Physician Reference and discussion of the methods, protocols and effects of intravenous vitamin C (versus oral or liposomal).

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Post Number:#1  Post by caroline_v » Thu Dec 23, 2021 3:42 am

"The same thing that can cause cancer can also kill cancer". Reactive oxygen species, chemotherapy, anti-oxidants are some examples. The same might be the case with bicarbonate. I just figured out how it can be good to fight cancer. On one hand, it is needed for cancer cells to maintain their intracellular pH, on the other hand it's needed for some important protein which hampers cancer (an ascorbate transporter SVCT2). Right away need to say this. It's only applicable to hypoxic tumors. Heavy biochemistry follows in layman terms.
There is an enzyme in cancer cells that is highly active in hypoxic conditions. It's called hypoxia-inducible factor-1 (HIF-1). It promotes invasion, metastasis, and resistance to apoptosis. Vitamin C (ascorbate)suppresses the activity of this enzyme. The ascorbate transporter can bring ascorbate into the cell, but it does not work well in acidic environment. So bicarbonate normalizes extracellular pH and increases the transport of vit C into the cell. Another way to increase the ascorbate concentration in cancer cell is to inject high doses of dehydroascorbate by IV. Cancer cell has a glucose transporter (GLUT-1) that moves glucose into the cancer cell. When vit C is injected by IV in high doses the GLUT-1 promotes influx of vit C inside cancer cell. I do not know if I gave a clear explanation.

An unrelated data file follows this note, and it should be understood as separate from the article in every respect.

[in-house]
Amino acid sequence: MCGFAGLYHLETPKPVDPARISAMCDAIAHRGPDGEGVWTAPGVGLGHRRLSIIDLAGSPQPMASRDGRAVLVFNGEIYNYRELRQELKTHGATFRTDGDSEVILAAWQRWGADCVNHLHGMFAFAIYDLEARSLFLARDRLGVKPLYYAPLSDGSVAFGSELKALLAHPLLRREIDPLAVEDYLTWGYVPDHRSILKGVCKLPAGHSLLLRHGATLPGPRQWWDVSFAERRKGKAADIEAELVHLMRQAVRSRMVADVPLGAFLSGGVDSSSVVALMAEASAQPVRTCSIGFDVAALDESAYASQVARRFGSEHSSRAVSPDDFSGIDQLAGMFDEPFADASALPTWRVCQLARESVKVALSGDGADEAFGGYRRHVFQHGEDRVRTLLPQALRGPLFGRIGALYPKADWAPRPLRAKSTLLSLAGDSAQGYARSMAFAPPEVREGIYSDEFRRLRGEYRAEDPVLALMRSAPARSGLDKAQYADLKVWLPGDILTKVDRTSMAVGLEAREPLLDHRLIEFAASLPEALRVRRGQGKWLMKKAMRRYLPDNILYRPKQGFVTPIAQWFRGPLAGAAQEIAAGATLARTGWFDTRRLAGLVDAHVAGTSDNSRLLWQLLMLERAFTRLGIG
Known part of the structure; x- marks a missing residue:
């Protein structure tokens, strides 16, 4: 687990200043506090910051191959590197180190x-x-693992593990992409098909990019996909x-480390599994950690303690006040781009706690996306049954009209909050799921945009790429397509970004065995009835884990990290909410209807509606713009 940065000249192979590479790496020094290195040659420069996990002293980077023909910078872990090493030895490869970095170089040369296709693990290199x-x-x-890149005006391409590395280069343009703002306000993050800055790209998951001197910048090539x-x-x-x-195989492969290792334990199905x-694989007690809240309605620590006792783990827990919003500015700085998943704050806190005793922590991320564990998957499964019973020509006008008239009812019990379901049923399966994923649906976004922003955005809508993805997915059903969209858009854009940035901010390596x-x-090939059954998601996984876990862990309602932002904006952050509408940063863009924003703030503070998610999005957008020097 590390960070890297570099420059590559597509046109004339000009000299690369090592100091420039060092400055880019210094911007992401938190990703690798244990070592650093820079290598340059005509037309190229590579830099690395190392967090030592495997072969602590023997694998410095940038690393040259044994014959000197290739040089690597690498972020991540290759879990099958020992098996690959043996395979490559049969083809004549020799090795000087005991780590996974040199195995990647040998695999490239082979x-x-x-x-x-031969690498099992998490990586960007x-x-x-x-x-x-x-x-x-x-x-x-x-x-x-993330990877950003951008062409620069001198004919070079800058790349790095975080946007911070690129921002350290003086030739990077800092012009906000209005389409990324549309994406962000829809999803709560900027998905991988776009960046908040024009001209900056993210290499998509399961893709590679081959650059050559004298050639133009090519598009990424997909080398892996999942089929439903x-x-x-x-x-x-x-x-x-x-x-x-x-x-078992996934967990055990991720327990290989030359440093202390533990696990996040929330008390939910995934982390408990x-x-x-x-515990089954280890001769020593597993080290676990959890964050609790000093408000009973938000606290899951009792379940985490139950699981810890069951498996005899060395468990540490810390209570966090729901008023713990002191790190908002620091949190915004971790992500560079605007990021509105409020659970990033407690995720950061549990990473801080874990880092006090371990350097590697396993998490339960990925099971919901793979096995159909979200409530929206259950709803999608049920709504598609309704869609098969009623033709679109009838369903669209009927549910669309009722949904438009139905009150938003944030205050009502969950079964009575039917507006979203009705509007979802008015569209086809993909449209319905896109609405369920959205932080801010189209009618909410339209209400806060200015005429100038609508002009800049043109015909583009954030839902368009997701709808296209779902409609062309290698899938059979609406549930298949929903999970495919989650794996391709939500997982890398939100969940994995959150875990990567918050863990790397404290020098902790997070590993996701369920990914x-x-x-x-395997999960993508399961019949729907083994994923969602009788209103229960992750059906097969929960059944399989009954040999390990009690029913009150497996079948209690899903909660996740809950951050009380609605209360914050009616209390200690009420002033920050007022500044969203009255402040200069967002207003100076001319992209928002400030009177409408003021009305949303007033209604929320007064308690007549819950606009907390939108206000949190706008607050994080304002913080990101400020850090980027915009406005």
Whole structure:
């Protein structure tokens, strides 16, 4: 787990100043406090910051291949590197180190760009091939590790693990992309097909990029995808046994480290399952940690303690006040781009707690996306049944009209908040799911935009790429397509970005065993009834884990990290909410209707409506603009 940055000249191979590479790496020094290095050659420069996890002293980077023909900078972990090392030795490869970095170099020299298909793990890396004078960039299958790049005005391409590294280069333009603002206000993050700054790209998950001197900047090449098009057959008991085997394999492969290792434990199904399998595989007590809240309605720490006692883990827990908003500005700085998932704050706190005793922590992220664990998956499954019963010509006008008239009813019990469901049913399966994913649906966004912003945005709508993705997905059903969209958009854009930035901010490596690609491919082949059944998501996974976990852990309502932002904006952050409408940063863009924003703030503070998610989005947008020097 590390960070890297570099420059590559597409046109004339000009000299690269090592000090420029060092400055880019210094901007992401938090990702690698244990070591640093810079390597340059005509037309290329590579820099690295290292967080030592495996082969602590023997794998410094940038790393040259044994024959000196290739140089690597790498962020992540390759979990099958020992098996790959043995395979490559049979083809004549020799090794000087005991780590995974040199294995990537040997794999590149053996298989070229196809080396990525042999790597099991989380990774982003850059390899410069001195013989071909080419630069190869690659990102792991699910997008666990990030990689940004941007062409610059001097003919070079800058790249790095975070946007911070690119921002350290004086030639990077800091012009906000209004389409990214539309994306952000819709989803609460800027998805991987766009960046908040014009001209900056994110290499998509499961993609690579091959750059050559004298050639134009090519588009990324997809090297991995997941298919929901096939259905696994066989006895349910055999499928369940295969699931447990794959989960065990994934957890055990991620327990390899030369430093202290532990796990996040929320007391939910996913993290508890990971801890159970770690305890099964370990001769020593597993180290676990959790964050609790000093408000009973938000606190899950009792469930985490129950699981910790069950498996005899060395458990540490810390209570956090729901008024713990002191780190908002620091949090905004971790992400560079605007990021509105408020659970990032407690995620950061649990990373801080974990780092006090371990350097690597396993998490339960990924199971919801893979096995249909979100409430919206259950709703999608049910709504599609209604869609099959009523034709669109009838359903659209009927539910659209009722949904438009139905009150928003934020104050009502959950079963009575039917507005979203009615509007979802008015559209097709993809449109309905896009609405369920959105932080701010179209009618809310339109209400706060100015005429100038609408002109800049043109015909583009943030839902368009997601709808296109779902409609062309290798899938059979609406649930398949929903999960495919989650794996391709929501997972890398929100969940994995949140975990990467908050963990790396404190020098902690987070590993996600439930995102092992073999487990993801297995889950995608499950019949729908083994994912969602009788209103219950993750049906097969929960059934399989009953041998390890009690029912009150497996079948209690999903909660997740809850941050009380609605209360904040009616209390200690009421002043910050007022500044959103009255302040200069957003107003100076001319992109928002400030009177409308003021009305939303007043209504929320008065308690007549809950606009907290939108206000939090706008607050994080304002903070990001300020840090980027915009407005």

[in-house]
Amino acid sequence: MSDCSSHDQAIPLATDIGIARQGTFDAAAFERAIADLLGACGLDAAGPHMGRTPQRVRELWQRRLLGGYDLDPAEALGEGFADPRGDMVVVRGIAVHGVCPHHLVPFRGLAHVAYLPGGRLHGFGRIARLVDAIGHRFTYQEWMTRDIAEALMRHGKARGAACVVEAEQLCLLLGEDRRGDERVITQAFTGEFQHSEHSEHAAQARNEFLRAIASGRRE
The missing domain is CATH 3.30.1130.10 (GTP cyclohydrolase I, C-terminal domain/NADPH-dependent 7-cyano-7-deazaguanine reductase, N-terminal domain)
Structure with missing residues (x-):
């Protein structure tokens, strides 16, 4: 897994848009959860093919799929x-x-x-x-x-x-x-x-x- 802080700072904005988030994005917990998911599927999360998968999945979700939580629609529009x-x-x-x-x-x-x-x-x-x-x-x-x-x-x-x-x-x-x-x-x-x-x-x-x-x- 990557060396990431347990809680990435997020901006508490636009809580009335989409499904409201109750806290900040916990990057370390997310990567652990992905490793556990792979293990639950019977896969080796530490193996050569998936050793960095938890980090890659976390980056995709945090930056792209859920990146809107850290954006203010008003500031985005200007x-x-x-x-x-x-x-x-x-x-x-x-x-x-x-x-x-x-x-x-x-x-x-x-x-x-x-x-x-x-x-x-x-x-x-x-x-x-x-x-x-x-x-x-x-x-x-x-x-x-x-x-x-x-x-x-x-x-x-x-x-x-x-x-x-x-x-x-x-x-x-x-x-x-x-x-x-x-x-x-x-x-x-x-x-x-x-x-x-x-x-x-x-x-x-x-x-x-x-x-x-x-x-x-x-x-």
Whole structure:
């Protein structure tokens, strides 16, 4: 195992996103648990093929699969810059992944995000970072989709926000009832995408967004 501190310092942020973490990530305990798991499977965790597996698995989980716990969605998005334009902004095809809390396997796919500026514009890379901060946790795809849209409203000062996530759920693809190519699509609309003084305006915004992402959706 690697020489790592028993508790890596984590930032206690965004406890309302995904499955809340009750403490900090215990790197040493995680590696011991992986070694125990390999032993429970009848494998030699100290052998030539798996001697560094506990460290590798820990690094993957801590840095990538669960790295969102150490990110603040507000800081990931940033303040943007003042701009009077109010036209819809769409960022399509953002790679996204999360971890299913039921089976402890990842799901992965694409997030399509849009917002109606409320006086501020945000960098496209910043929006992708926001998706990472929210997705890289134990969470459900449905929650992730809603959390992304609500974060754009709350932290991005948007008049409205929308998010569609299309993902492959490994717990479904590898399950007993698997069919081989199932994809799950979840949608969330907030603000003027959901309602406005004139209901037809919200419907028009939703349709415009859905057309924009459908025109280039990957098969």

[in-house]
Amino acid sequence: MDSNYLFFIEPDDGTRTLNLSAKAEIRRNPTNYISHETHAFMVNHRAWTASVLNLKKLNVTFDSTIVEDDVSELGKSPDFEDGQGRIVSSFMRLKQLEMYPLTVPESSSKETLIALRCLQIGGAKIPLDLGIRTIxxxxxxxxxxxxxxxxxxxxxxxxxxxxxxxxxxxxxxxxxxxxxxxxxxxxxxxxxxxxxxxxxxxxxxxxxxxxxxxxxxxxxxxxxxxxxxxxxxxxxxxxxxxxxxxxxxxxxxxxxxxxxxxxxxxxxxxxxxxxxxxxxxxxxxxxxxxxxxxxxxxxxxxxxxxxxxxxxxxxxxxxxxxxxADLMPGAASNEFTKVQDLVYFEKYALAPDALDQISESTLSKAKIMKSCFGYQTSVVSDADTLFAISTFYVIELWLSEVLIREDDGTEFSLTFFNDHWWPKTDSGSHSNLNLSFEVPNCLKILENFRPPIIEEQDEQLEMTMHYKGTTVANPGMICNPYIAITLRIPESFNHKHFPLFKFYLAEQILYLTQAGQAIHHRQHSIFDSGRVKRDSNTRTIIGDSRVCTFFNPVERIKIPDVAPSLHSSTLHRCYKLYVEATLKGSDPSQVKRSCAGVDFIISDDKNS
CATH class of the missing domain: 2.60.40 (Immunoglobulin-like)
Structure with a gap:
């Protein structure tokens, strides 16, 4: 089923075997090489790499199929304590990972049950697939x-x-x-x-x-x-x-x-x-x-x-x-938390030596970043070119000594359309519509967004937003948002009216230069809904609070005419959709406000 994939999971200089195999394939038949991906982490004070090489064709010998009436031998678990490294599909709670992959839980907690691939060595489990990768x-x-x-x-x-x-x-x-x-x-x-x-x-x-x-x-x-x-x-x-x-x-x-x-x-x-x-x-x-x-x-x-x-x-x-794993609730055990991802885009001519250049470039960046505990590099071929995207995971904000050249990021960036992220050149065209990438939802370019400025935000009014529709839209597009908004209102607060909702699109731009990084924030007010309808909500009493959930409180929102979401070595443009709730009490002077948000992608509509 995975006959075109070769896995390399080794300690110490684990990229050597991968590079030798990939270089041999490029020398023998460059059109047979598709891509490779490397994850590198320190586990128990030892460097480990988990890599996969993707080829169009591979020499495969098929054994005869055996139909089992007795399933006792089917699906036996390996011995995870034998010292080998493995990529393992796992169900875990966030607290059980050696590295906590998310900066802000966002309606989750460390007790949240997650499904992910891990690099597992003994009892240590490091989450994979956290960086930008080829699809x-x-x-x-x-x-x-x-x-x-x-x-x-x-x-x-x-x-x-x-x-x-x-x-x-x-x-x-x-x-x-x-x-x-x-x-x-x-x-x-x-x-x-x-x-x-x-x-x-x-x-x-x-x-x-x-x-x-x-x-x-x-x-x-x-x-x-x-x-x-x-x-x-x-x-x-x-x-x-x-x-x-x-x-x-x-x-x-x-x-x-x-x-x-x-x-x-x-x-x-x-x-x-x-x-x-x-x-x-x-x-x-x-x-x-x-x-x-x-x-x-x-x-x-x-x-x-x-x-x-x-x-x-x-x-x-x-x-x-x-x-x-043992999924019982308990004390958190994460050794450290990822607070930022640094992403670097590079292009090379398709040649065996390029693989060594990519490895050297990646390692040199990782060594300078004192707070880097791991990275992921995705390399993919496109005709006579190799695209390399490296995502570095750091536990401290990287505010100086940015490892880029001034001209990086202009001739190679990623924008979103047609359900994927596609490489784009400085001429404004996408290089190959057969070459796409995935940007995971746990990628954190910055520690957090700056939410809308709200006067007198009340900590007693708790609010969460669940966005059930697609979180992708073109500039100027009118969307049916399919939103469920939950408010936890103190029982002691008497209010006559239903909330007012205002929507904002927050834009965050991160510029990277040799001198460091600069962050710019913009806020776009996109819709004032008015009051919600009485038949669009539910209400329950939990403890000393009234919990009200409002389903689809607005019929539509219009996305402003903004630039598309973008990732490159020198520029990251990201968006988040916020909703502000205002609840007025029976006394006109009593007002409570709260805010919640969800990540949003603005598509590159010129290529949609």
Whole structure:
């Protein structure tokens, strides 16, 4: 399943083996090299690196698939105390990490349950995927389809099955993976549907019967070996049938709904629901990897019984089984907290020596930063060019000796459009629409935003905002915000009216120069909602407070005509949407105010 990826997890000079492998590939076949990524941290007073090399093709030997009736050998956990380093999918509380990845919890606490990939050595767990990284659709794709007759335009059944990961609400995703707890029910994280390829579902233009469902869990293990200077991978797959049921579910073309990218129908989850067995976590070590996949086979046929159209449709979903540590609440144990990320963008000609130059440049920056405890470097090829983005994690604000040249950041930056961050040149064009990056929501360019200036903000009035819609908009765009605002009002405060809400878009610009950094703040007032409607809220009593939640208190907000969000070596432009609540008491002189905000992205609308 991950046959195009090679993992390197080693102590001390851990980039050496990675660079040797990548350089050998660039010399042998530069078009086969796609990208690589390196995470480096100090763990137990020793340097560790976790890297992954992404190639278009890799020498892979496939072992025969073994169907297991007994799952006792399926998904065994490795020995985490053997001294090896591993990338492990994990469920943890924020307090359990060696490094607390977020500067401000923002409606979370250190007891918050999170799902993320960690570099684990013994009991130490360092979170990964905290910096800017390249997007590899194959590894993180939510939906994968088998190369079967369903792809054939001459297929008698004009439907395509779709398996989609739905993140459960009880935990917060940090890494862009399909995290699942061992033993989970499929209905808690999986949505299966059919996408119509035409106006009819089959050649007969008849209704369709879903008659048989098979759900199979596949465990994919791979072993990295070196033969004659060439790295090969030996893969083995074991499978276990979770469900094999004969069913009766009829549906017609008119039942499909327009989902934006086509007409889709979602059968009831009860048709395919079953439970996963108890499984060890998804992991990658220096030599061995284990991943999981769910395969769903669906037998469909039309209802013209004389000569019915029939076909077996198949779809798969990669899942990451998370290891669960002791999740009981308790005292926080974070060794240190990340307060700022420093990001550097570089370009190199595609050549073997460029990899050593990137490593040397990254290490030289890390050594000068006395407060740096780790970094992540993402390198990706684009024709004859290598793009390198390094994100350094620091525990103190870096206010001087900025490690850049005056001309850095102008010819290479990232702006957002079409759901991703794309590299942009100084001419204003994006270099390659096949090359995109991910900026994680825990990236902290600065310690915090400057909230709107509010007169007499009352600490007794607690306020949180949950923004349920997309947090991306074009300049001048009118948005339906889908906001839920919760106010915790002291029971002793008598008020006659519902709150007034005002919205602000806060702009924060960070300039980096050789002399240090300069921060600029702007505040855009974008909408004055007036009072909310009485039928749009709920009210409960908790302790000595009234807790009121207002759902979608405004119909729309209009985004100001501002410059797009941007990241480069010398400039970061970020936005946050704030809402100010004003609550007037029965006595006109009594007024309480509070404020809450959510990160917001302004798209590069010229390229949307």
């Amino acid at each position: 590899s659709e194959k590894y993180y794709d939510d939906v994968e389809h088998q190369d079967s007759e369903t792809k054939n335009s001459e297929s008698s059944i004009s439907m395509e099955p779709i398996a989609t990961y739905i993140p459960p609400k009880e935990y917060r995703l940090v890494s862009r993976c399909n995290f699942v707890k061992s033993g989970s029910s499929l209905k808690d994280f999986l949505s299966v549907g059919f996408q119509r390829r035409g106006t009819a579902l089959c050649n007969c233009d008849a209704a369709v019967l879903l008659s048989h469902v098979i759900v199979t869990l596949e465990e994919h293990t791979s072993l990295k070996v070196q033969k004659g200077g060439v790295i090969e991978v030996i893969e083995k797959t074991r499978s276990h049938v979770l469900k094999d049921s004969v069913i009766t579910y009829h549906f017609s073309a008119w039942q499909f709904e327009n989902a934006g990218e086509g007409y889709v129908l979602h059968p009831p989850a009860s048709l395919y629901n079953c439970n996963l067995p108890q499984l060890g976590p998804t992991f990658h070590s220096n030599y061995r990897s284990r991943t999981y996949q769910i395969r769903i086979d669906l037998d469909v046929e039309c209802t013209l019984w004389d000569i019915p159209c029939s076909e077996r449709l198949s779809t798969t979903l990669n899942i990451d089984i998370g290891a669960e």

That HIF-1 is really very nasty and I guess people are working to suppress it with inhibitors. But for now ascorbate can help. The practical strategy is boosting the ascorbate level in cancer cell by intravenous administration of dehydroascorbic acid (oxidized form of vit. C) or normalization of the extracellular pH with bicarbonate.
There are several clinical trials for usage of baking soda in aggressive cancers.
Source & Studies:

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